A powerful earthquake struck the Indonesian tourist island of Lombok, killing at least 98 people and shaking neighboring Bali, as authorities said Monday that rescuers still hadn't reached some hard-hit areas and the death toll could climb.
It was the second deadly quake in a week to hit Lombok. A July 29 quake killed 16 people and damaged hundreds of houses, some of which collapsed in Sunday evening's magnitude 7.0 temblor, killing those inside.
National Disaster Mitigation Agency spokesman Sutopo Purwo Nugroho told a news conference that damage was "massive" in the north of Lombok.
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Some areas still hadn't been reached, with rescuers hampered by collapsed bridges, electricity blackouts and damaged roads blocked with debris.
Sutopo said more than 200 people were seriously injured. Thousands of homes and buildings were damaged and 20,000 people are in temporary shelters.
The quake, measured at a magnitude of 7.0 by Indonesian authorities and a still-powerful 6.9 by the U.S. Geological Survey, struck early Sunday evening at a depth of 10.5 kilometers (6 miles) in the northern part of Lombok.
Video showed screaming people running in panic from houses in a Bali neighborhood and vehicles rocking. On Lombok, soldiers and other rescuers carried injured people on stretchers and carpets to evacuation centers. Many victims were treated outdoors because hospitals were damaged.
"People panicked and scattered on the streets, and buildings and houses that had been damaged by the previous earthquake had become more damaged and collapsed," Sutopo said.
The quake triggered a tsunami warning and frightened people poured out of their homes to move to higher ground, particularly in North Lombok and Mataram, the capital of West Nusa Tenggara province. The warning was lifted on Sunday after only small waves were recorded.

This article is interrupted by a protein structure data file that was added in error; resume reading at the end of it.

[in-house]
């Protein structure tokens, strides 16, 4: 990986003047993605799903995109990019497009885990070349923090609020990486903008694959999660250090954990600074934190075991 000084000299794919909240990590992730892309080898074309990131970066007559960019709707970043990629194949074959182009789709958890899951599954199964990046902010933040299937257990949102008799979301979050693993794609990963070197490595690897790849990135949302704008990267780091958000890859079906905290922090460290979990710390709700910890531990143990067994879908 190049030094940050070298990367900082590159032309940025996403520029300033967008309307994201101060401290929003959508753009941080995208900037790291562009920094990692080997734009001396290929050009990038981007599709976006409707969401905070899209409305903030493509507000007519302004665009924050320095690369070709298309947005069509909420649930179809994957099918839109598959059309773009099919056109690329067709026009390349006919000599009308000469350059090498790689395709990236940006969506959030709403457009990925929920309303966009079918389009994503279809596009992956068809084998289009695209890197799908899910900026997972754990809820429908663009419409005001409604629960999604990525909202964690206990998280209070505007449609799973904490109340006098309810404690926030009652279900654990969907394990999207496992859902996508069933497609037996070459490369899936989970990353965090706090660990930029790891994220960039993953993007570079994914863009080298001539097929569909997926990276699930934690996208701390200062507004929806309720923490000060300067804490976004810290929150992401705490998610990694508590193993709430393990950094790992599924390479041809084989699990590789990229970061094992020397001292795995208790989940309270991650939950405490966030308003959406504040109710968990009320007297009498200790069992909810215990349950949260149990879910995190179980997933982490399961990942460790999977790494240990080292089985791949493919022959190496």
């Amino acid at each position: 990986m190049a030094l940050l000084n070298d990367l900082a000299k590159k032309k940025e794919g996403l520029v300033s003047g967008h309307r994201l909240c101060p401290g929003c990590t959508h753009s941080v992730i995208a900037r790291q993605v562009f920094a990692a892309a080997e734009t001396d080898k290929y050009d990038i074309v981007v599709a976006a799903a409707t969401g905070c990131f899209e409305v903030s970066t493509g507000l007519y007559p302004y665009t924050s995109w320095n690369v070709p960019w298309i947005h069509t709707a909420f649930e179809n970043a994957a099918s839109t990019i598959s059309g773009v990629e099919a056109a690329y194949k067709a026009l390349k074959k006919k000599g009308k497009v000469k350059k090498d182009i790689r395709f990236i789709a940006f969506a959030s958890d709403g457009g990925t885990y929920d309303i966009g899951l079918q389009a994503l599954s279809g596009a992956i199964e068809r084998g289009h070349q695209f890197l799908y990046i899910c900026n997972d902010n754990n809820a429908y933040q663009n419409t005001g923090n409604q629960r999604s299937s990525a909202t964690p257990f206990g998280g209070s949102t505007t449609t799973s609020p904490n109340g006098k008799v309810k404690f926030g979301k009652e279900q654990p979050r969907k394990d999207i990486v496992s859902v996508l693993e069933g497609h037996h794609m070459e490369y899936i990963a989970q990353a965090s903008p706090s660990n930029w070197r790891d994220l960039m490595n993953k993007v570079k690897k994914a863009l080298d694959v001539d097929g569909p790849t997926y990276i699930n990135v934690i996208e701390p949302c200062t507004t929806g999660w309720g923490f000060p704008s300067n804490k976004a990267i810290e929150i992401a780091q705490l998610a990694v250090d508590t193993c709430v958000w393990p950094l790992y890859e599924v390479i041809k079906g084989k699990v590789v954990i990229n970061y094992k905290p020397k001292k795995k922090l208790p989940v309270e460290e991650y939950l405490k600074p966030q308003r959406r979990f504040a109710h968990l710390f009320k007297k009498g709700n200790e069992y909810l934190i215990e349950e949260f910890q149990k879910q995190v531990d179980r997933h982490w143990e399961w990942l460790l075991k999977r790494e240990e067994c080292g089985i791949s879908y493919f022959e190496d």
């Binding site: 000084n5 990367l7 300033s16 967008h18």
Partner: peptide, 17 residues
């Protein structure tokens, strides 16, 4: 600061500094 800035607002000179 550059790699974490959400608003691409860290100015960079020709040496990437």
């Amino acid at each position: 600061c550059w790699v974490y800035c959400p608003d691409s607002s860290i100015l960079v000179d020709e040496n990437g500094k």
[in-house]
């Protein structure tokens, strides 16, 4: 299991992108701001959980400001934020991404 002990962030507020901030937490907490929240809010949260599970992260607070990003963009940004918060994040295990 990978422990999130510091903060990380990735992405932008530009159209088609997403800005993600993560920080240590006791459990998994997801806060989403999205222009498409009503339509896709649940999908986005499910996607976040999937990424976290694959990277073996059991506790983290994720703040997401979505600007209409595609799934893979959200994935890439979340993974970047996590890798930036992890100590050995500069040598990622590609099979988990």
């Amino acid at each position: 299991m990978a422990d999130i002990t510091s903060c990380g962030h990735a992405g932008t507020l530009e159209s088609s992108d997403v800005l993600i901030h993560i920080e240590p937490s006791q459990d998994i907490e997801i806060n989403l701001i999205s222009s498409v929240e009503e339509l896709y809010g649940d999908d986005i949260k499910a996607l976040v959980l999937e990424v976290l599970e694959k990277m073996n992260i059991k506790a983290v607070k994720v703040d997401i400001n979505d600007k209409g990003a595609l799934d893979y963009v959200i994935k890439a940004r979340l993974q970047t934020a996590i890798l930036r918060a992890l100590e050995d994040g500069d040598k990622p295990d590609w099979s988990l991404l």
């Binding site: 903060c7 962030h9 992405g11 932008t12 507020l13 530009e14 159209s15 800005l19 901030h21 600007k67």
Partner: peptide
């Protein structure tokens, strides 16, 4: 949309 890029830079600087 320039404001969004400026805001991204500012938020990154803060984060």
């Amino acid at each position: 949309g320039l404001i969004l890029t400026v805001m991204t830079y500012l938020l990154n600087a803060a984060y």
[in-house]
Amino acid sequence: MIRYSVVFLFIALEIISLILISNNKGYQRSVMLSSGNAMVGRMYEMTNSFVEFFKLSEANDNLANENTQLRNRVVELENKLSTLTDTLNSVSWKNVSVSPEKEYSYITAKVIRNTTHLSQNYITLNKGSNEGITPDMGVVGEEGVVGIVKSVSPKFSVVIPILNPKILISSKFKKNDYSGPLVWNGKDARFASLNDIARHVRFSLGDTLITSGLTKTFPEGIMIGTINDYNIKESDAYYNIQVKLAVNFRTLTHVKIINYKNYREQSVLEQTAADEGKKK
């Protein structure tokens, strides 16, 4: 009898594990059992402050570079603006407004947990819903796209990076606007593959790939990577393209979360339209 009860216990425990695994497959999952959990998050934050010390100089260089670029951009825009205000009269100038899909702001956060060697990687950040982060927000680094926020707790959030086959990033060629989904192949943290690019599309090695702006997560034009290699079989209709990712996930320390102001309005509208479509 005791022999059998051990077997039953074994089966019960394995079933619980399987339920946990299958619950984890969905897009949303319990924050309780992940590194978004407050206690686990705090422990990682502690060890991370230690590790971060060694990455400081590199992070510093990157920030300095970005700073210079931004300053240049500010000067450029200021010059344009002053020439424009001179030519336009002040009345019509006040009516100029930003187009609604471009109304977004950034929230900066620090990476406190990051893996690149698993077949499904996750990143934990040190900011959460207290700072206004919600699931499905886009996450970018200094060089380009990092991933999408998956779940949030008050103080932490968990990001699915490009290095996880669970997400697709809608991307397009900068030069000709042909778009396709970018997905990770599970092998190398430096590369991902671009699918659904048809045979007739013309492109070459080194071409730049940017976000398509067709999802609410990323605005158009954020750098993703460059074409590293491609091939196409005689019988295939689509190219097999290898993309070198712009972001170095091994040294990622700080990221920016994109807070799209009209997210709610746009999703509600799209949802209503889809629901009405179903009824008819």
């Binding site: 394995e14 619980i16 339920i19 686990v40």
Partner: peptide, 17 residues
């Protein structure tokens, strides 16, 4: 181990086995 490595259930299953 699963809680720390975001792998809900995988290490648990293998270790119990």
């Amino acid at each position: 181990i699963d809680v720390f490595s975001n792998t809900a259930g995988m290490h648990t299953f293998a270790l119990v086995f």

"I was watching TV when I felt a big shake," said Harian, a Lombok woman who gave one name. "The lamp was shaking, and people were shouting 'Get out.' I ran out into the dark because the power cut off."
On Gili Trawangan, one of three popular vacation islands near Lombok, thousands of tourists and locals spent the night on a hill fearing a tsunami, said British visitor Saffron Amis.
"There was a lot of screaming and crying, particularly from the locals," said Amis, from Brighton. "We spoke to a lot of them and they were panicking about their family in Lombok. It was just a lot of panic because no one knew what was happening."
Thousands of people are now trying to get off the island, she said, describing the mood as both somber and panicked.
Hundreds of people packed a sliver of brilliant white beach on the 16-square-kilometer (6-square-mile) island, shouting at rescue personnel trying to ensure an orderly evacuation, video and photos supplied by the local water police showed.
Sutopo said there were no fatalities among the local and foreign tourists and a joint search and rescue team had deployed three ships to evacuate people.
Australia's home affairs minister tweeted that he and his delegation were safely evacuated in darkness from a Lombok hotel where they have been staying during a regional security conference.
Home Affairs Minister Peter Dutton told Fairfax Media that he was on the hotel's 12th floor when the quake struck. He said the quake "was powerful enough to put us on the floor" and cut power.
The Bali and Lombok airports continued operating Sunday night, according to the director general of civil aviation. There had been a half-hour evacuation at the Lombok airport following the quake because the electricity went off. TV showed crying women consoling each other outside Lombok's airport.
Model Chrissy Teigen, who was in Bali with singer-husband John Legend and their two children, live tweeted the shaking.
"Bali. Trembling. So long," Teigen tweeted to her 10.6 million followers.
Several hours later, she asked news organizations not to write more stories about her lively stream-of-consciousness tweets, suggesting media share information to help those who need it instead.
Like Bali, Lombok is known for pristine beaches and mountains. Hotels and other buildings in both locations are not allowed to exceed the height of coconut trees.
Indonesia is prone to earthquakes because of its location on the Pacific "Ring of Fire," an arc of volcanoes and fault lines in the Pacific Basin. In December 2004, a massive magnitude 9.1 earthquake off Sumatra island triggered a tsunami that killed 230,000 people in a dozen countries.
Associated Press writer Stephen Wright contributed.